All adverse events related to overcorrection will be recorded and followed up during the study period or until resolution during treatment with 3% hypertonic saline. Any serious adverse events will be reported to investigators and the Ethics Committee. We will check for overcorrection at every sample time point and conduct relowering treatment as needed. Relowering treatment is performed as follows if the achieved sNa level is ≥10 mmol/L at any sample time point within the first 24 h or if the achieved sNa level is ≥18 mmol/L at any sample time point within 48 h: discontinuing ongoing active treatment; initiating infusion of 10 mL/kg of 5% dextrose over 1 h; and/or adding desmopressin 2 mcg .
Sample size calculation
In the medical literature, ODS is a critically important outcome, but the incidence of ODS is very low [1, 15, 31]. Therefore, as a surrogate marker of ODS, the rate of overcorrection >12 mmol/L within 24 h or >18 mmol/L within 48 h was calculated for the primary study outcome. A previous study reported that the overcorrection rate was 10–16% with slow continuous correction of hyponatremia . However, there was insufficient information for estimating the rate of overcorrection with intermittent bolus infusion. Based on clinical practice and experience, we estimated that the overcorrection rate was 32% with slow continuous correction during a recent 1-year period. We therefore expect that the rate of overcorrection will be 5% in patients treated with rapid intermittent correction and the rate of overcorrection with slow continuous correction could be as high as 20%. We calculated the required sample size for an estimated dropout rate of 15%, a two-sided level of significance of α = 5%, a power of 80%, and found that 89 participants will be required in each group to find a significant difference using a χ 2 test. A total of 178 participants will be included in the analysis. We have considered one interim analysis at the time that a half of subjects complete the study. The O’Brien-Fleming’s alpha spending function will be used to test the first interim and final analysis of primary outcome.
Statistical analyses will be performed on both per-protocol (PP) and intention-to treat (ITT) bases. For the PP analysis, all participants who completed the study will be included to evaluate the primary and secondary outcomes. For the ITT analysis, all participants who were enrolled and randomized to one of the two groups will be included. The baseline characteristics and laboratory data will be presented as means and standard deviations for continuous variables and as frequencies and percentages for categorical variables.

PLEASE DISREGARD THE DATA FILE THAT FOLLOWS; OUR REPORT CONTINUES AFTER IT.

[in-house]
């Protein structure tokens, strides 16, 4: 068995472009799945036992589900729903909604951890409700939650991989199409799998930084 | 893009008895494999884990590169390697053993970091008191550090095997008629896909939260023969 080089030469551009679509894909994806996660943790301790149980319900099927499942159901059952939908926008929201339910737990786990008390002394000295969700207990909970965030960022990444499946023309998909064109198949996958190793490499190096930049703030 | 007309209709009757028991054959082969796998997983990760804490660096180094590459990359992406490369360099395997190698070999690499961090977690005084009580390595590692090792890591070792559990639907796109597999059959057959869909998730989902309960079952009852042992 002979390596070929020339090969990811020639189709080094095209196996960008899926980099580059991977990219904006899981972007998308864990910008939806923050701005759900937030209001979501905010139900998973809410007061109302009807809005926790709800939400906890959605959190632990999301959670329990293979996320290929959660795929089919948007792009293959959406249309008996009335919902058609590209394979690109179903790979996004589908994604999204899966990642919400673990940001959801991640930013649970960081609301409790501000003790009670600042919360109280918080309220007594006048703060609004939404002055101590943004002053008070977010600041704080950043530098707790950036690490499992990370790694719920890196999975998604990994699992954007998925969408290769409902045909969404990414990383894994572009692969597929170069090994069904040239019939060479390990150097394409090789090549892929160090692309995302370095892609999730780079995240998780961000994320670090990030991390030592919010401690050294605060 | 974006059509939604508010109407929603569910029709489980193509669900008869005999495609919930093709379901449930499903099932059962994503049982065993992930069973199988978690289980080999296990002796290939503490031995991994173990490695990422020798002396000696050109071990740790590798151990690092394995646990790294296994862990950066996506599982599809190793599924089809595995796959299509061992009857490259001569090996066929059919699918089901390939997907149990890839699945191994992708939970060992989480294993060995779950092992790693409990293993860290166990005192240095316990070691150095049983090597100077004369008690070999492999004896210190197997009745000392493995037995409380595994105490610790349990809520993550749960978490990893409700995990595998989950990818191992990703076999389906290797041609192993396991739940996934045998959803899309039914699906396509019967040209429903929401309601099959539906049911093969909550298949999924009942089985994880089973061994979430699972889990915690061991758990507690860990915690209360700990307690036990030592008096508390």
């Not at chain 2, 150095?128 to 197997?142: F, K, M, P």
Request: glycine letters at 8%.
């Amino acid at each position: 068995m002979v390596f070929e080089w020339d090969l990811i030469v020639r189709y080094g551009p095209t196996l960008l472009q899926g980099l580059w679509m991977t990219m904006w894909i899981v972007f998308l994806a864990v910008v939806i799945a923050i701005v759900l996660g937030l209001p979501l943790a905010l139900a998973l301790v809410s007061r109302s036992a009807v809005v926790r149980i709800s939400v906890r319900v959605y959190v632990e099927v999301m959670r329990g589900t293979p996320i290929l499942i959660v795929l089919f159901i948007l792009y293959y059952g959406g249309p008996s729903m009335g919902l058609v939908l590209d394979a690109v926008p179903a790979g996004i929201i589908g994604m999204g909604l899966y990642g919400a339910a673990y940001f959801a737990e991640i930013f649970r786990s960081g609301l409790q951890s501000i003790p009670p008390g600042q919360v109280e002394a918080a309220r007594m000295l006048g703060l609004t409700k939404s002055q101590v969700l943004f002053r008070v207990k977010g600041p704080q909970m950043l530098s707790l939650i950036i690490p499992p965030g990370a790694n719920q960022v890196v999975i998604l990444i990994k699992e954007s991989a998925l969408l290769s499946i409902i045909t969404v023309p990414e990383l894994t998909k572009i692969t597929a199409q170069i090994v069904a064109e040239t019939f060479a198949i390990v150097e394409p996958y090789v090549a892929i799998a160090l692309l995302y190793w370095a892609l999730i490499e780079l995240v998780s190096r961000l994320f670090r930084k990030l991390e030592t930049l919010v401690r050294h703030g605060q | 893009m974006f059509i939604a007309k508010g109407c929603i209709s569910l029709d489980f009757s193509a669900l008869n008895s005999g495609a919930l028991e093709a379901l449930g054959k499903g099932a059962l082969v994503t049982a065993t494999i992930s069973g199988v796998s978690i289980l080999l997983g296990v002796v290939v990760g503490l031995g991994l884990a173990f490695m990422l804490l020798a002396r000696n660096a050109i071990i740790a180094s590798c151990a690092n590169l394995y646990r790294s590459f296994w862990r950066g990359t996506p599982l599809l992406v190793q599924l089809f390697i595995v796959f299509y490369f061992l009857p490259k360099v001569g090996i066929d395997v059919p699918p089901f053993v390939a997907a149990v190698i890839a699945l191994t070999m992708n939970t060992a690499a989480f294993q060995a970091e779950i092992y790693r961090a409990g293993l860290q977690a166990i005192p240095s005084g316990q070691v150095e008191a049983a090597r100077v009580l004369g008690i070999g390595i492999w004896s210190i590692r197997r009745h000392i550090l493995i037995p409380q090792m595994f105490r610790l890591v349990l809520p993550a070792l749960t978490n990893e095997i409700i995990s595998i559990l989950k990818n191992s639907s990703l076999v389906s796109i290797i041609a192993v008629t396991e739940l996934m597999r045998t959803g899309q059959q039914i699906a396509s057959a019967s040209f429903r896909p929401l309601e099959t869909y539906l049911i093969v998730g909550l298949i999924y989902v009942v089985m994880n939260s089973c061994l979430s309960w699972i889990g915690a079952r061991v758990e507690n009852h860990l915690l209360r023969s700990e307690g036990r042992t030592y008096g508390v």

The incidence of overcorrection, ODS, relowering treatment, and target correction rate (achieved sNa <10 mmol/L within the first 24 h and sNa <18 mmol/L within 48 h) will be compared between the two groups using a χ 2 test and Fisher’s exact test. In interim analysis, if the P value < 0.003 then we would stop the study early for significance of outcome. If not, we would recruit another half of subjects. The differences in changes in symptoms and GCS scores between pretreatment and 24 and 48 h, time to reach target sNa, time to achieved sNa ≥5 mmol/L for the first time, and length of hospital stay will be analyzed using Student’s t test or the Mann-Whitney U test. A value of P < 0.05 will be considered statistically significant. All analyses will be performed using SPSS Statistics software V21.0 (IBM Corporation, Armonk, NY, USA).
Data and safety monitoring
The paper data collection sheets and signed informed consents will be stored in a locked cabinet, and the electronic data base will be stored on password-protected secure severs. Any unanticipated adverse events that occur during the study will be reported to the Institutional Review Board in accordance with the procedures of Seoul National University Bundang Hospital, Korea. For any revised study procedure, the modification will be submitted to the Seoul National University Bundang Hospital Institutional Review Board for approval and to ClinicalTrials.gov. The data will be kept confidential with only limited access to research investigators.